Sunday, June 19, 2011

The Truth About Schedules

I suffer from chronic depression. One of the things that makes that worse is lack of structure in my life. But the flip side is that when I'm overscheduled, I'm seriously stressed. I constantly walk a tightrope when it comes to structure without rigidity. My kids obviously feel the effects of my little circus act and, sadly, suffer the ill-effects when my foot slips from the wire.

Last summer we "played with" homeschooling. Being type A, I had lessons planned down to the minute. In the end, the rigidity of my self-imposed schedule put us all off of homeschooling. But it's still been very much on my mind and in my heart. Which is why it seemed like kismet when I made friends with an unschooler online this year. Unschooling suits mine and my children's natural inclinations much more than "classroom at home" homeschooling.

But one of my reservations about unschooling initially was the lack of structure. Over the past couple of weeks I've been thinking, praying, and experimenting. Finally tonight I stumbled upon an epiphany. Quite simply, we can have a flexible schedule. I know what you're thinking. You're thinking, "Duh, Mari! Aren't you supposed to be smart???" And yes, thank you, I believe I am pretty smart. But one of my major flaws (should I save this for the Plank Pullin' meme?) is that I tend to think of real-world things in very black or white terms. My thinking has always been, "I need schedule. Therefore I will schedule every minute of every day and follow it strictly," or "I hate schedules even though I need them. Therefore I will do what I want except when outside forces impose a schedule upon me."

What I decided today and will experiment with for a while until we make it work is that I can create a loose (hour by hour, broad) schedule and follow it unless something more absorbing comes up. So I started by relaxing the summer schedule I had started with. It looks something like this:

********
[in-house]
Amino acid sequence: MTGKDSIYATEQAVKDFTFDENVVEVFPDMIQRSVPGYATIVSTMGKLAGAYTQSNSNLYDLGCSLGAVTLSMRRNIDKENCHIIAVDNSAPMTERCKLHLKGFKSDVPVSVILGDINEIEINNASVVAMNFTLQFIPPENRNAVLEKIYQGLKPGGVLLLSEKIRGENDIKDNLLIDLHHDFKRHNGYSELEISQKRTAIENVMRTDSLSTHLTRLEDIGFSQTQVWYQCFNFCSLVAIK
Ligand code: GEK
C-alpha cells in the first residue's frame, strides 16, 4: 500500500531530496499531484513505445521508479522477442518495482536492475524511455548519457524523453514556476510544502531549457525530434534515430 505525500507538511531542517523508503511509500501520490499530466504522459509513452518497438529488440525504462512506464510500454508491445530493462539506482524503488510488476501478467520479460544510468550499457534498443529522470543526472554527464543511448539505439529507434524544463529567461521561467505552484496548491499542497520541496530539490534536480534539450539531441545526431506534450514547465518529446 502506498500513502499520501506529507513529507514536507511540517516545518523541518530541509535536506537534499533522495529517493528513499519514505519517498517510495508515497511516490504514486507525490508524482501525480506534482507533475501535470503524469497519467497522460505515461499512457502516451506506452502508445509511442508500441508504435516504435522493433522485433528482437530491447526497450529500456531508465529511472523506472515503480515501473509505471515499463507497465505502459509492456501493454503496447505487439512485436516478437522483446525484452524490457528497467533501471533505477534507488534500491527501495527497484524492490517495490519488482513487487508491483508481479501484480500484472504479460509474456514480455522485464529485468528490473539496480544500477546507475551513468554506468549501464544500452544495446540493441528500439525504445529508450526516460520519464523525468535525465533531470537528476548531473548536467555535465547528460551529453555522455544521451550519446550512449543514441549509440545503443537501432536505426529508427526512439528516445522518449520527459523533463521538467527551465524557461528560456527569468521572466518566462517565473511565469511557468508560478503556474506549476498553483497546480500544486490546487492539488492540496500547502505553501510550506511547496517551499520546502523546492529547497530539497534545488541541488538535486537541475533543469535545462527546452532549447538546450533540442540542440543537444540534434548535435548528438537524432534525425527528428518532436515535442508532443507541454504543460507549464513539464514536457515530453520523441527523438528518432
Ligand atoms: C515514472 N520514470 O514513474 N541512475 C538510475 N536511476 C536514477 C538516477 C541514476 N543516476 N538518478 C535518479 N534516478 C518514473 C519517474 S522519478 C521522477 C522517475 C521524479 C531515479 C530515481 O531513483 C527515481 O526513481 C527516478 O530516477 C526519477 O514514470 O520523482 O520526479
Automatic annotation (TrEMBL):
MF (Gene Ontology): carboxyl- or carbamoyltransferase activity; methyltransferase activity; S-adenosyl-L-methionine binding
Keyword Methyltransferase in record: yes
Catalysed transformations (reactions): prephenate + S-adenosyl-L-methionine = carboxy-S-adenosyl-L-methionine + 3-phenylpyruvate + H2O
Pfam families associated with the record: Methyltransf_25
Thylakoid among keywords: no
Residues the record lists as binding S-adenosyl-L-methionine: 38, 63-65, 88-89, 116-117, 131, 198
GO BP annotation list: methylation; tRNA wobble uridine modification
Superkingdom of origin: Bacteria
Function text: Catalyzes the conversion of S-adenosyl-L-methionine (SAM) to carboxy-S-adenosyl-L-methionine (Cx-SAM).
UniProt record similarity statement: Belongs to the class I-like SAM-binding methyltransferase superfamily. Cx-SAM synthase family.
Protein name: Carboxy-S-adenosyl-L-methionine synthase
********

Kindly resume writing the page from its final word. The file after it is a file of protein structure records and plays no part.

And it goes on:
9 AM - up and at 'em. Eat breakfast, clean up, get ready to face the day!
10 AM - Outside time before it really heats up out there. Do whatever we want outdoors in the fresh air
11 AM - Back inside for a little housework. Do whatever needs to be done to make the house a friendly place to be
12 PM - lunch
1 PM - kitchen time. I try to do a little cooking or baking daily even if it's to give away or put in the freezer for the future. The girls love to help and can do whatever they want in the kitchen with me
2 PM - creative time. Already mentioned this in an earlier blog post. Anything that's creative is a-ok, individually or together
3 PM - get our bodies moving. If anyone wants to brave the beginning of the hot part of the day, they're welcome to do so. Otherwise, we have workout DVDs, exercise equipment, and music all over the place. As long as your body is moving, you're doing fine
4 PM - free time to pursue whatever interests you
6 PM - Mom's putting dinner on. Do you want to help or keep pursuing your own interests?
12 PM - bedtime so we can face another day well-rested

And here's where the epiphany comes in: if we're doing creative time (or whatever) and everybody's having fun and doesn't want to do something else, who's making us?? We can be the boss of the schedule instead of the other way around! This kind of schedule can give us some structure to make me feel like I'm doing something and keep the kids from getting into boredom fights (you know the ones I'm talking about - the kind where they pick at each other just because they have nothing better to do) but if we get engrossed in a project, we can see it through until we're done with it.


  1. How did your schedule experiment go?

  2. It was great until early July when rehearsals for the play Shannen was in that I managed suddenly sucked up so much of our time and energy that we kind of fell off the wagon. Five-6 hour daily rehearsals make it hard to want to do much of anything with the rest of your time. Play is over as of last week but we haven't gotten back on the wagon.